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Thursday, March 04, 2021

The Standard pays fine, paints mural as part of negotiation

<p dir="ltr"><span>Four colorful murals of monkeys were added to a wall of The Standard Gainesville’s parking garage on Northwest Third Avenue as part of a negotiation with the City of Gainesville. The building encroaches on the Florida Department of Transportation’s property by less than ten feet.</span></p><p><span> </span></p>

Four colorful murals of monkeys were added to a wall of The Standard Gainesville’s parking garage on Northwest Third Avenue as part of a negotiation with the City of Gainesville. The building encroaches on the Florida Department of Transportation’s property by less than ten feet.

 

Surrounded by plastic tarps and paint cans, Yonhiki No Saru drew abstract monkeys on a wall of The Standard Gainesville’s parking garage on four panels.

The four colorful murals added to The Standard Gainesville’s parking garage on Northwest Third Avenue, facing the Krispy Kreme Doughnuts on Southwest 13th Street, are part of a negotiation with the City of Gainesville for an encroachment on the Florida Department of Transportation’s property when the complex’s parking garage was built in 2017. The company overbuilt on the property by less than 10 feet, said Chip Skinner, a city spokesperson.

With these murals, LM Gainesville, LLC, which built the complex, would also have to pay $75,000 to the city. It was part of the compromise the company struck with the city as a reasonable cost instead of rebuilding the garage.

“Reconstructing that is not economically feasible,” Skinner said. “It really didn’t make much sense to demolish it and reconstruct it. It would’ve cost them a bit more money than that $75,000 fine.”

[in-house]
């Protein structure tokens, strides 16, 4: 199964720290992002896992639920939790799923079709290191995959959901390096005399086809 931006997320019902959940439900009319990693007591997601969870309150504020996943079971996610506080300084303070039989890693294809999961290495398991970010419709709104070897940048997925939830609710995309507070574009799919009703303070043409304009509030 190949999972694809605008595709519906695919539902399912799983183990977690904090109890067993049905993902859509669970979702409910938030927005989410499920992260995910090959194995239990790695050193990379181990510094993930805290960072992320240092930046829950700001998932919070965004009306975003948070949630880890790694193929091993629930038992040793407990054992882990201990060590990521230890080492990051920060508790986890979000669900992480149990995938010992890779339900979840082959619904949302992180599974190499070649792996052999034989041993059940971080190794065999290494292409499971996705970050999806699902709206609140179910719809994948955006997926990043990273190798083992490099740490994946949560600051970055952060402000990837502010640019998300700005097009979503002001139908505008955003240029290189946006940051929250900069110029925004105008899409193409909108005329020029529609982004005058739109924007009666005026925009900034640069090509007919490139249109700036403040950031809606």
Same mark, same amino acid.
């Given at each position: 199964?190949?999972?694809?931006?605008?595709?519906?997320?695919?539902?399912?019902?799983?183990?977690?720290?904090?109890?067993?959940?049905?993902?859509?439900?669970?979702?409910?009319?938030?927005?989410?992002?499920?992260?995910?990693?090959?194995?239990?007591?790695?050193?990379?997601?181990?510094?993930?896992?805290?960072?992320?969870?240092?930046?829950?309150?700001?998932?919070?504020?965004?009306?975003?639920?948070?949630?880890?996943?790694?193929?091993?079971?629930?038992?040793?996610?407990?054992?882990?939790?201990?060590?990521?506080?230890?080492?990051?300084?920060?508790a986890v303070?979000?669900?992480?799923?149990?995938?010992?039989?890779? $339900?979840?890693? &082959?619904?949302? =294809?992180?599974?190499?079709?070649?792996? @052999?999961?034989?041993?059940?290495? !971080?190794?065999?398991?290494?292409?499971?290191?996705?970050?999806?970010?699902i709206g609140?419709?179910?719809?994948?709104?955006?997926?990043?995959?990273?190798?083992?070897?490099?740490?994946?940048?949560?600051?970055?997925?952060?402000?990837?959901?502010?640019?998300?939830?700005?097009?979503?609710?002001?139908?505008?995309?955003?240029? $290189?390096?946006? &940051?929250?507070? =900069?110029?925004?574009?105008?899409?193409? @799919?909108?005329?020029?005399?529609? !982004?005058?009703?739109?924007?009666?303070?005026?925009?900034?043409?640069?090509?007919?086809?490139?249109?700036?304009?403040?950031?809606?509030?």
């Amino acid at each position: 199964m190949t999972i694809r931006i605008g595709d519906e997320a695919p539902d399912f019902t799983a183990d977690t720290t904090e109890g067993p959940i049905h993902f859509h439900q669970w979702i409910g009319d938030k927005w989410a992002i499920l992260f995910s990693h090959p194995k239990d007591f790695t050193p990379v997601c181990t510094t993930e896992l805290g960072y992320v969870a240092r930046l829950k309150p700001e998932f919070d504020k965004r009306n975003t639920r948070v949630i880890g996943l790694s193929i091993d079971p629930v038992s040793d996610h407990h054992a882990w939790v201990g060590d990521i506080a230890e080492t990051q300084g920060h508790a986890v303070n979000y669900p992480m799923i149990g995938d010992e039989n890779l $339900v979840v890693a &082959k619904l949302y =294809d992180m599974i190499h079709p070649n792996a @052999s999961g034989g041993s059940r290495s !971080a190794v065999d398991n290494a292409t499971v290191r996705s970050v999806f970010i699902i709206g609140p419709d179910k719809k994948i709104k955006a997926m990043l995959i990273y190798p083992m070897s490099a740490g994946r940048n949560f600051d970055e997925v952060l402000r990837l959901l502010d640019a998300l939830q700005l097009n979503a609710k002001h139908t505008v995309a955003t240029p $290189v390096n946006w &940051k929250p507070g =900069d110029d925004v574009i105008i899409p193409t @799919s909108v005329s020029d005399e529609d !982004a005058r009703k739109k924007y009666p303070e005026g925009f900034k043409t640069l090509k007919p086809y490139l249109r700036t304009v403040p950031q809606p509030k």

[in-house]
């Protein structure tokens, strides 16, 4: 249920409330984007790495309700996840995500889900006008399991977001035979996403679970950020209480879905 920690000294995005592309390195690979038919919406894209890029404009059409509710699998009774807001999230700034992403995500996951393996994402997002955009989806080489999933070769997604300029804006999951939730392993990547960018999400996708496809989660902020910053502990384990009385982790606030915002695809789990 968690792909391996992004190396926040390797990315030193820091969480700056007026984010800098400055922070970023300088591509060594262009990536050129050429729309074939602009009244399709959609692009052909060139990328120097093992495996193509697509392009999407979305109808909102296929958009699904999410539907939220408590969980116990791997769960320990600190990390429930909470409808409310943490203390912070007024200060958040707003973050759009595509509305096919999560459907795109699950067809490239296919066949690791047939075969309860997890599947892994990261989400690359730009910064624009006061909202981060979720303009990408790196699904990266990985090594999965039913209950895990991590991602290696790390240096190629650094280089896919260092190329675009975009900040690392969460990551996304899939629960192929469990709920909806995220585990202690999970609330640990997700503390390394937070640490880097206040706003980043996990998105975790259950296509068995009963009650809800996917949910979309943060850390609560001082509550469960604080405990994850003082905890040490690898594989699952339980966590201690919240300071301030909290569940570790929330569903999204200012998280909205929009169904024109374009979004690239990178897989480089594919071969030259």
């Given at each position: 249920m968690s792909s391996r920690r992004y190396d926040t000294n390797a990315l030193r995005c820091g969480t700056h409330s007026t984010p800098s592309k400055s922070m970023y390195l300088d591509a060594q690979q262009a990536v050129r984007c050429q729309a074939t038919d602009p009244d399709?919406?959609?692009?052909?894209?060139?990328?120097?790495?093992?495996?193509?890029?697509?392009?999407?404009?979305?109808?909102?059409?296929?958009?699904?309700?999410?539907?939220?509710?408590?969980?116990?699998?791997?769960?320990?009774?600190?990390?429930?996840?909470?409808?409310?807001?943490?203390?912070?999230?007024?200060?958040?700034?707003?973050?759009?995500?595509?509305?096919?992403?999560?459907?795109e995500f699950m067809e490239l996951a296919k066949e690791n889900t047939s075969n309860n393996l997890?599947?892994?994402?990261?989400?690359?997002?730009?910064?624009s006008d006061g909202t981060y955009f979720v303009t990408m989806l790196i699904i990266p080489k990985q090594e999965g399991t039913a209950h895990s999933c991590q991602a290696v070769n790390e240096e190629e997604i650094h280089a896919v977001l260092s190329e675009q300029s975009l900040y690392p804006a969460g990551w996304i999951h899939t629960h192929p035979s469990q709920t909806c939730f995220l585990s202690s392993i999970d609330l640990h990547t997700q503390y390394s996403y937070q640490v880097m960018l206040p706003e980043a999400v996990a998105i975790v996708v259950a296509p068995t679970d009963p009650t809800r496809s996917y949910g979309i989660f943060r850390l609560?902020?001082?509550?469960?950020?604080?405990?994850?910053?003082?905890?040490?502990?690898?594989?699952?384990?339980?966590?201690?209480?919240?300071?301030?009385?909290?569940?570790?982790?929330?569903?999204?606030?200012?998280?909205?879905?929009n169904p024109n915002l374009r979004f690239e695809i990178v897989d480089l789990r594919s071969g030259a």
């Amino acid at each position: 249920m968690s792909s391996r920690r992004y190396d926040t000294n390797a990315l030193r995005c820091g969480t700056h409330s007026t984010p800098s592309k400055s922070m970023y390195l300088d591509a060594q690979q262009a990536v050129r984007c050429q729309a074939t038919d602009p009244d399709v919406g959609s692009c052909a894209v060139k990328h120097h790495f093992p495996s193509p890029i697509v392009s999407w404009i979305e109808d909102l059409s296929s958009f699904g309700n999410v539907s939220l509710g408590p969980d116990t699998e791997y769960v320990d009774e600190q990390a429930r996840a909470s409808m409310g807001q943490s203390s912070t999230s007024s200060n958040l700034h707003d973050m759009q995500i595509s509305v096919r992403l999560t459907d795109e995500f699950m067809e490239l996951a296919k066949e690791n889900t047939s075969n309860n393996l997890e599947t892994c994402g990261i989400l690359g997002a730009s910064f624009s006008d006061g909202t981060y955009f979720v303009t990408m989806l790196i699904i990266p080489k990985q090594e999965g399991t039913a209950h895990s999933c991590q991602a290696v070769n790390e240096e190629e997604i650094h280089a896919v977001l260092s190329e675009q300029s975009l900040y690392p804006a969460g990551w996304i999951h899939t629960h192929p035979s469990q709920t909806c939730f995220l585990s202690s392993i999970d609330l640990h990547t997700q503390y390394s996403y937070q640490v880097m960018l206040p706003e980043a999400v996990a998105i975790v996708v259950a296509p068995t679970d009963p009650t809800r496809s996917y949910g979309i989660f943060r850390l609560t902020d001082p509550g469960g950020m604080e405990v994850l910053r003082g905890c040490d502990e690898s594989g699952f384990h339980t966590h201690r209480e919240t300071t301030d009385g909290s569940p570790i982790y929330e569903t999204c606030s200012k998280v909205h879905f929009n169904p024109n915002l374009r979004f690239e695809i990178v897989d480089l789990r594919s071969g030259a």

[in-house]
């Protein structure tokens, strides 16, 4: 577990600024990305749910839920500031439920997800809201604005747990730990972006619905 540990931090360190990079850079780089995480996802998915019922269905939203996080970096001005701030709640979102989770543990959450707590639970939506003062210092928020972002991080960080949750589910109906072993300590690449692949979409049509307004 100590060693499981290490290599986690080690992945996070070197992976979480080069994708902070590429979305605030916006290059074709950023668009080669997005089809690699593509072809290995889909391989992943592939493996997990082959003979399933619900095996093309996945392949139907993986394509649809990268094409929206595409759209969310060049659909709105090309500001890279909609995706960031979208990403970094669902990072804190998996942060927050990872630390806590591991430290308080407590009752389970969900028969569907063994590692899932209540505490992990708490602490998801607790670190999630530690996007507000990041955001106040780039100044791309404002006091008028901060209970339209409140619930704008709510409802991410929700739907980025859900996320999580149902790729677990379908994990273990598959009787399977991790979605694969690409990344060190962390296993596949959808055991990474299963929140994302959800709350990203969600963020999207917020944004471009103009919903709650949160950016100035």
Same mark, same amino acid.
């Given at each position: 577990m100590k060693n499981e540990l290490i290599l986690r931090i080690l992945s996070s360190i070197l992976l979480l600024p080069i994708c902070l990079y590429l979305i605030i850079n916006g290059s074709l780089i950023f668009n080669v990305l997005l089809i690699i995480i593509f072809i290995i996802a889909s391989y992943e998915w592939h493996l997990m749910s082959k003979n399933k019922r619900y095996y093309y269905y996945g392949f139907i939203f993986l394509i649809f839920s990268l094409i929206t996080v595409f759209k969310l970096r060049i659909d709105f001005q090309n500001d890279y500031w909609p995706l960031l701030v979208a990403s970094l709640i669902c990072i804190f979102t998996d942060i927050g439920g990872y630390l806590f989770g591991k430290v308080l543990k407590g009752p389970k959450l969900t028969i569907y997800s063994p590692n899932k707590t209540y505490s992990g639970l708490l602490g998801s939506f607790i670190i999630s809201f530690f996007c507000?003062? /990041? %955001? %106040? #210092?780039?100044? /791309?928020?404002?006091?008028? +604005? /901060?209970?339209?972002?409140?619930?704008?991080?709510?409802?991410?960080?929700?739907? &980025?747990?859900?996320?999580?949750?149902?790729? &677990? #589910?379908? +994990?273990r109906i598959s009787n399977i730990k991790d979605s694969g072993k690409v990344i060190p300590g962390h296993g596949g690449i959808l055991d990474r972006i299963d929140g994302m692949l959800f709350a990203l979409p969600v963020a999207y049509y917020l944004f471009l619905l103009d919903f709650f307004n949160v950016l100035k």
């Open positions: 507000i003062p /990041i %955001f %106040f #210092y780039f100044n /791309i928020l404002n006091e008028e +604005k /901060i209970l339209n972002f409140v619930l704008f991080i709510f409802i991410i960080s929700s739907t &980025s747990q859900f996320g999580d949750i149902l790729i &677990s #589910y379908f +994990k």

He said it was in the interest of the city to not make The Standard tear down its building and tie up the traffic in the area.

The situation with the encroachment was unique when the 10-story apartment complex sprung up across the street from UF’s campus, Skinner said.

“We’ve never had a building built to that magnitude within the city,” he said.

The encroachment does not affect pedestrians or traffic and doesn’t pose as a hazard to fire rescue response, he said.

Assistant Fire Chief Stephen Hesson said the Gainesville Fire Rescue is not concerned with the required fire department access needed in the event there was a fire in the building. The fire department has the 20 feet it needs for its vehicles, even with the encroachment.

“It’s typical when we set up our apparatus to block a lane of traffic or an entire road because our trucks are so big,” he said. “This protects firefighters working around the truck.”

He said the department has different tactics, like a sprinkler system inside the building, in case of a fire. He said the building’s fire response systems are unique due to the size of the building.

“It requires additional attention and resources,” he said. “It presents a unique challenge, and obviously we are capable to deal with a fire there, but it wouldn’t be a routine fire for us.”

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Contact Christina Morales at cmorales@alligator.org. Follow her on Twitter at @Christina_M18.

Four colorful murals of monkeys were added to a wall of The Standard Gainesville’s parking garage on Northwest Third Avenue as part of a negotiation with the City of Gainesville. The building encroaches on the Florida Department of Transportation’s property by less than ten feet.

 

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